Oversize monochrome printers from HP, Lexmark, and Xerox prove practical yet pricey
Speedy models demonstrate versatilityFollow @infoworld
Drab, discreet, and ordinary?
Or affordable, reliable, and fast? What you see in monochrome laser printers depends on what you look for -- though from any perspective, printing monochrome documents is an essential part of the office workday.
But whether printing large monochrome docs is fundamental depends on what your office does; for anyone who draws or drafts, lays out booklets, or simply needs an overview of huge spreadsheets or accounting reports, an oversize printer fills the bill.
For this review, I looked at three 50-pages-per-minute-rated monochrome lasers designed to produce tabloid-size (11 inches by 17 inches) or slightly larger documents: Hewlett-Packard’s LaserJet 9050dn, Lexmark’s W840dn, and the Xerox Phaser 5500DN.
I can’t call these printers a bargain. In well-equipped configurations, with three paper sources, a duplexer, a reasonable dose of memory, and a network interface, their prices range from $3,299 to $3,799. For comparison, similarly equipped but slower large-format color printers cost only from about $1,000 to $1,500 more. (See my recent head-to-head of two such printers). And letter-size monochrome printers cost much less.
But with 50-ppm engines under the hood, all three of these machines are fast. They produce fine print quality, and -- if you add optional paper-handling equipment -- they can process enormous jobs, or fold and staple booklets. And while purchase prices are high, operating costs are very low.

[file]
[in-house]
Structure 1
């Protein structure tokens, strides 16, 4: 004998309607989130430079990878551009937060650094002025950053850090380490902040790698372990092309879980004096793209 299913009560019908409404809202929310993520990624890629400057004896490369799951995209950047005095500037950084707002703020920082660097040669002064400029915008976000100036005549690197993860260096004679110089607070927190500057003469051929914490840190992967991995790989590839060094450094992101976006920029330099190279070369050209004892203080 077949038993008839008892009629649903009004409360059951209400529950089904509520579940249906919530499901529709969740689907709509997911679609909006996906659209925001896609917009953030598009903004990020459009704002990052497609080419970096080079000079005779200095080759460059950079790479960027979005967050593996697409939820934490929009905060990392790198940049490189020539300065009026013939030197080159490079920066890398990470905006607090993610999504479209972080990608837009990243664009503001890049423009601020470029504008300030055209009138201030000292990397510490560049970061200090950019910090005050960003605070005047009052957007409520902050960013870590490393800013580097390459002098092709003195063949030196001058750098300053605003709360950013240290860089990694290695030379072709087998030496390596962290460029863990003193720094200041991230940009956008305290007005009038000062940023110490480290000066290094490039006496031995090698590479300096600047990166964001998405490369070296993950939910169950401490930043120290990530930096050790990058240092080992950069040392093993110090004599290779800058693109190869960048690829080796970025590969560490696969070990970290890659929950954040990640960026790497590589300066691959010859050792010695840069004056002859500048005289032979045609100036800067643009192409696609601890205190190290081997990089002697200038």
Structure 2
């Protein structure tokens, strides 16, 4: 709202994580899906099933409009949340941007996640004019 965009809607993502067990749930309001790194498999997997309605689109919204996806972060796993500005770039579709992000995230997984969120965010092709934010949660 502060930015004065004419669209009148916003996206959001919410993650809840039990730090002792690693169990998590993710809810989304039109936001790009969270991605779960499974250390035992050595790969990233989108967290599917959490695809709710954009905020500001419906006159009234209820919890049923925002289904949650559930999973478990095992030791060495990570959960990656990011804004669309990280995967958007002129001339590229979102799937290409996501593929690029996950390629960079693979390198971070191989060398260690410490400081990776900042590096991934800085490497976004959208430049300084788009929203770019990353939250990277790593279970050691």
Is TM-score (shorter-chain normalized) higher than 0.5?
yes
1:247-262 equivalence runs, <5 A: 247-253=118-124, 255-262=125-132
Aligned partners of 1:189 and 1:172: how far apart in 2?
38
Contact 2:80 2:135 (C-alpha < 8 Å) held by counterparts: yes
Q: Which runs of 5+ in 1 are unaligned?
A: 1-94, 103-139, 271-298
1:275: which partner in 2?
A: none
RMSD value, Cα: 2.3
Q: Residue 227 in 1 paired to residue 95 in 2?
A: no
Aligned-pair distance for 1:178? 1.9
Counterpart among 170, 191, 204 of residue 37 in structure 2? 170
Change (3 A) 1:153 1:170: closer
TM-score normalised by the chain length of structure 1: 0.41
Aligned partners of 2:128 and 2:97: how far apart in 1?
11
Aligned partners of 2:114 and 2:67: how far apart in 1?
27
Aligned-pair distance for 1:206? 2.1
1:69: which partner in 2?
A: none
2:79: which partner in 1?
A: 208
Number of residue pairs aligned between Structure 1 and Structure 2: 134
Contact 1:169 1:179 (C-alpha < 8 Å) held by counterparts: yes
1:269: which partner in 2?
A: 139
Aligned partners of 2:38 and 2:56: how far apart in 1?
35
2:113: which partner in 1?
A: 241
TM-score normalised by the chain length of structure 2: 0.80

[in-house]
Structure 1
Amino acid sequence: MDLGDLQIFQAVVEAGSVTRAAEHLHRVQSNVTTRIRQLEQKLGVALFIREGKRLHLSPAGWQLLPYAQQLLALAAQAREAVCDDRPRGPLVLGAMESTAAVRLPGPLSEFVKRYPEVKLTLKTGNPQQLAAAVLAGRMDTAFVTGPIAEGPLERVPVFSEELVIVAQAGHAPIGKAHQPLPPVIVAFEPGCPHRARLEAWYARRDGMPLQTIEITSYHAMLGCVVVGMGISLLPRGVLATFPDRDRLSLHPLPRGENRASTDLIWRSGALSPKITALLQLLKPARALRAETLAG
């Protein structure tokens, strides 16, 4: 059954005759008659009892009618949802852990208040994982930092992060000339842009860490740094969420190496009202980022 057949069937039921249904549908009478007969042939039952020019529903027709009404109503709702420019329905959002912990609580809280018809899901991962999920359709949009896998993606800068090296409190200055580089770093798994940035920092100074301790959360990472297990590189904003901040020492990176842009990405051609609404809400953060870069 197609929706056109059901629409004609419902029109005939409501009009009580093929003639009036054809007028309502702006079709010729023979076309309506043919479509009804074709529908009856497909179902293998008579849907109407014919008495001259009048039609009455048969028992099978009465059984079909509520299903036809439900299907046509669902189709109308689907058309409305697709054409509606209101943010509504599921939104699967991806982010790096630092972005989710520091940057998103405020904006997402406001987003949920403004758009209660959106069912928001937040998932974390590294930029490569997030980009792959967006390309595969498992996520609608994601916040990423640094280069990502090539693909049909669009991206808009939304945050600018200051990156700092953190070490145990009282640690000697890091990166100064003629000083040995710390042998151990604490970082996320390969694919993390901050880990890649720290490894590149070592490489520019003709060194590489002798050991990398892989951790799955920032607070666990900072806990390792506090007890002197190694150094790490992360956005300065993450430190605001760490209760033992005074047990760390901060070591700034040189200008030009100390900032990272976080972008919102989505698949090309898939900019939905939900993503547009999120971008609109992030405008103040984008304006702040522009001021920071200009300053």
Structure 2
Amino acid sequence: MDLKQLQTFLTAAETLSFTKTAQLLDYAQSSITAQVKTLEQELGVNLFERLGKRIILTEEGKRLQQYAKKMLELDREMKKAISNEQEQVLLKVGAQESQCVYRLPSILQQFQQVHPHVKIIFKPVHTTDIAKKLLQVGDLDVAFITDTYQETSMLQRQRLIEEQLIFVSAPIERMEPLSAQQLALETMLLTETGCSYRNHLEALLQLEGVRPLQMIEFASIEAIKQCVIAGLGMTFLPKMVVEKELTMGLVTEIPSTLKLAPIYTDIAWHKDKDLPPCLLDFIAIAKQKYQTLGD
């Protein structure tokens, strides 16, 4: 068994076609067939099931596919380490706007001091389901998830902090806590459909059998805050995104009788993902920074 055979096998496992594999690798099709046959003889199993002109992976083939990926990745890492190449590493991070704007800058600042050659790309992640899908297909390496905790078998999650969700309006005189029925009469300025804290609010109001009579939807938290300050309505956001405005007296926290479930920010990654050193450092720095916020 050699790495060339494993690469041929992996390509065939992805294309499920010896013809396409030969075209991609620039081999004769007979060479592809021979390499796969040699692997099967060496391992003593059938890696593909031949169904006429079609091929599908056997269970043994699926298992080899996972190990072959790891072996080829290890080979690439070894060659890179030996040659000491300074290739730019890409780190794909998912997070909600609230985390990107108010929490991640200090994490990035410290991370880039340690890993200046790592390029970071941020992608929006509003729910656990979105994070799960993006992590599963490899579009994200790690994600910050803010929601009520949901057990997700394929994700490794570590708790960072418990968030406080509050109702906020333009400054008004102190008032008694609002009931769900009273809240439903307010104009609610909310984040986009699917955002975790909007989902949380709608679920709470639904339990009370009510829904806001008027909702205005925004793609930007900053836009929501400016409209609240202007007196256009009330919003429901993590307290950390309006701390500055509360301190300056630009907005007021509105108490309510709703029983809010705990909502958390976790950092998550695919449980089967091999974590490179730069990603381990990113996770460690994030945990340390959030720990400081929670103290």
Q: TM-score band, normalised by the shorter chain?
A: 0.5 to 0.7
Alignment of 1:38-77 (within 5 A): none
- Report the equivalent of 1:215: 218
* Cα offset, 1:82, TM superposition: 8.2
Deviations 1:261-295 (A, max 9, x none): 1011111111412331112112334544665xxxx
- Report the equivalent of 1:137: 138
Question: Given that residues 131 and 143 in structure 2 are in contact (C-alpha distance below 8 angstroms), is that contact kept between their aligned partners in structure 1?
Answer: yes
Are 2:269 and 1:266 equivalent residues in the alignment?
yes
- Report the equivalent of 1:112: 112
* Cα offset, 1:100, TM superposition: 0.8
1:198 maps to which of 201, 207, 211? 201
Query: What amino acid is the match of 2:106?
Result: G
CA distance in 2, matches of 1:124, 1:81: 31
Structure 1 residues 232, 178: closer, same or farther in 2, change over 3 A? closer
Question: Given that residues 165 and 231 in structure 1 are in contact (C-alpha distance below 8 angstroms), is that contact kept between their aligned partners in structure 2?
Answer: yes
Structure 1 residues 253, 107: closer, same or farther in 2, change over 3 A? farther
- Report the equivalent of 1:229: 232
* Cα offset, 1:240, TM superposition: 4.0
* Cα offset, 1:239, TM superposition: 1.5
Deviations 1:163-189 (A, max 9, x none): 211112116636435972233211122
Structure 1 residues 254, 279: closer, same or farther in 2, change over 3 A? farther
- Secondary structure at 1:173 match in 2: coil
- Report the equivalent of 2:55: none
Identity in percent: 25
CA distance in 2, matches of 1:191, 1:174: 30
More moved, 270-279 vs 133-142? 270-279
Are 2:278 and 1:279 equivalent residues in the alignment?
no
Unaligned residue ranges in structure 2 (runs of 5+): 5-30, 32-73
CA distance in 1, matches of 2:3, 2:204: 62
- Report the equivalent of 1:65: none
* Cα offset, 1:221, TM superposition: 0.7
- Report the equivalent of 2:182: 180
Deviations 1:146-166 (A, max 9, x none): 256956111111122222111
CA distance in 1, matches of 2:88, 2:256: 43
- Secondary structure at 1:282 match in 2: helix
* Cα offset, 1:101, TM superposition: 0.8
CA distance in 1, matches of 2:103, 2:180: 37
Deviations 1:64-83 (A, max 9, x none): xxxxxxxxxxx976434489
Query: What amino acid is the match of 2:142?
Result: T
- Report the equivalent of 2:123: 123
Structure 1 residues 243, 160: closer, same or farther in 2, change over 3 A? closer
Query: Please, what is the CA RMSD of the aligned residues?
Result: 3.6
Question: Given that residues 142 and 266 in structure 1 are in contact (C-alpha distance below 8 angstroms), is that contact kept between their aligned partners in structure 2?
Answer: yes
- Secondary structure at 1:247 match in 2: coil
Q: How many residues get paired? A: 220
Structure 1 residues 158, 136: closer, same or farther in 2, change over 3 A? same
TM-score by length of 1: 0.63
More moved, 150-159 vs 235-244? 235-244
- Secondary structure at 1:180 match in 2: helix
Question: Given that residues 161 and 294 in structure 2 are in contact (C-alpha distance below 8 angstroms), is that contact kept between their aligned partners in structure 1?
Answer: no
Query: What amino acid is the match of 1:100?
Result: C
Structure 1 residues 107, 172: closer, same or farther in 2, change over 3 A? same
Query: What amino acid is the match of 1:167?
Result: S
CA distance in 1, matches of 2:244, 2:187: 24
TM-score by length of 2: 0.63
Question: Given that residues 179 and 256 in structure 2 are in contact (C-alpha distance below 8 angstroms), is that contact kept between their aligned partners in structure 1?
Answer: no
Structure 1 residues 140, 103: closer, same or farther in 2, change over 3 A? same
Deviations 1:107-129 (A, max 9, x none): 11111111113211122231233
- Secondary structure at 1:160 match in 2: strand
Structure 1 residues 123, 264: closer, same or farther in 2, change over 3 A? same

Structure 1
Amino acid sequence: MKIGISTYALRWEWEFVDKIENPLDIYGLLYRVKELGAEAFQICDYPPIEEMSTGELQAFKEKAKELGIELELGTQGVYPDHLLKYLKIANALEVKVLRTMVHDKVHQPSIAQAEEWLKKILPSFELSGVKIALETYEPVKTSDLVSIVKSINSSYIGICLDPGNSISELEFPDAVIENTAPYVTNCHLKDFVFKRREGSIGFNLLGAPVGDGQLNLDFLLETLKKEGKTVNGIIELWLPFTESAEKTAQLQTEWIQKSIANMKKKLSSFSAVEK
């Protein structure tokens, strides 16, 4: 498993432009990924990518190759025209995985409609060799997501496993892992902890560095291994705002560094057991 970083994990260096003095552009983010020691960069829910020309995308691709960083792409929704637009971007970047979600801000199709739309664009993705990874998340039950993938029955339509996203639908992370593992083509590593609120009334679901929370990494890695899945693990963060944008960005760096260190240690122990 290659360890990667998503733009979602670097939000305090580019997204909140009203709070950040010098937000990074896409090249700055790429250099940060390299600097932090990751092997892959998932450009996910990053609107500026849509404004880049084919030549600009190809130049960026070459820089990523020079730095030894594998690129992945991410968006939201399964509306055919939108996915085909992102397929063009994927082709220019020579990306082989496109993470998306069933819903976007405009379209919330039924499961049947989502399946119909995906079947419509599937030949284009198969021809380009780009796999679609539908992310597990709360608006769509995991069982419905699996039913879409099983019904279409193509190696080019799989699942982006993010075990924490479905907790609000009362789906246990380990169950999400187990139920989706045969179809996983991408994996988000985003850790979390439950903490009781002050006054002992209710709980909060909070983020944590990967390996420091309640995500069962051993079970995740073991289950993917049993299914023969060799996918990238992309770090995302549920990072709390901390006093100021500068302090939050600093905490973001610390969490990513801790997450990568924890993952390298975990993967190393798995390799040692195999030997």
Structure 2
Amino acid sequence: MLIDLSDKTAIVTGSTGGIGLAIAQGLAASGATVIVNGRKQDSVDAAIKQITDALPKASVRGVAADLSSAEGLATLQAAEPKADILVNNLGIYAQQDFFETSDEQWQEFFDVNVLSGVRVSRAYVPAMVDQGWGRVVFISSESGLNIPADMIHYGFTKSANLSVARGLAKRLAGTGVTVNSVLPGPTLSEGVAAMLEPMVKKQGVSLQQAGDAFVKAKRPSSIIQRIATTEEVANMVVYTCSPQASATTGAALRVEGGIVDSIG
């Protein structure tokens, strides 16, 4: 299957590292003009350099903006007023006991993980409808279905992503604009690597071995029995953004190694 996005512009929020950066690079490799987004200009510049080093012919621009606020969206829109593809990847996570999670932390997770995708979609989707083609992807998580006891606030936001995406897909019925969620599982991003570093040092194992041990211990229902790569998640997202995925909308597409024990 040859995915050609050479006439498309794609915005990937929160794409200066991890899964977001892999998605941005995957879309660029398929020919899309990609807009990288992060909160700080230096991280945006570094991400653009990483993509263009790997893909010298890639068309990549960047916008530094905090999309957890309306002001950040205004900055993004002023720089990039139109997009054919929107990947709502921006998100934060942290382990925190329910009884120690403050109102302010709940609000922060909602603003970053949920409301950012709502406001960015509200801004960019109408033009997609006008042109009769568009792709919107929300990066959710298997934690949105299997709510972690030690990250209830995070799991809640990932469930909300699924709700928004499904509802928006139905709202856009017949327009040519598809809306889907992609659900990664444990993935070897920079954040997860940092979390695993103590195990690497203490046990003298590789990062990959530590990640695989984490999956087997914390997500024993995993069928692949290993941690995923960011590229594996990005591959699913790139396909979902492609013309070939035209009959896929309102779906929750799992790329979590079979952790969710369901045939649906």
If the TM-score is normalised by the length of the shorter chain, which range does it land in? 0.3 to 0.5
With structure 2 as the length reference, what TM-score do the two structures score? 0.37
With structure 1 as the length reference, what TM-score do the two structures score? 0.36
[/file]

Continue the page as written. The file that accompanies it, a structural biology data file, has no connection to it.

So which of the three do I prefer? The Lexmark takes first place largely on the basis of its somewhat faster performance; a marginally lower purchase price and a couple of extra features also contribute.
HP LaserJet 9050dn
HP’s entry in this field is quite the behemoth: The LaserJet 9050dn weighs well over 150 pounds, covers 55 inches by 25 inches of a desk with its flaps open, and stands 24 inches high. Fortunately, four deep handgrips out near the corners make unboxing and moving it an easy team effort.
A 30,000-page integrated toner cartridge/imaging drum unit means there’s only one replaceable part to monitor and keep in stock (the Lexmark and Xerox printers have two replaceable parts, and they follow different replacement schedules).
I like most elements of the LaserJet 9050dn’s interior mechanical design. The front door flops down to horizontal so it’s easy to get inside the printer; if you need more room, you can release the door’s straps to drop it all the way down. There’s also plenty of space to remove and insert the toner/drum unit, and following a consistent color code for all the rollers, flaps, and other components inside the printer, you turn a big green lever to lock it in place or release it, and grab a big blue handle to move it.
The fuser slides out on rails and lifts straight up on a comfortable handle in case you need to clear a jam behind it. The duplexer also slides out and can be completely removed -- plus check out that fan inside the duplexer! HP says the fan prevents double-sided prints from overheating on their second pass through the fuser.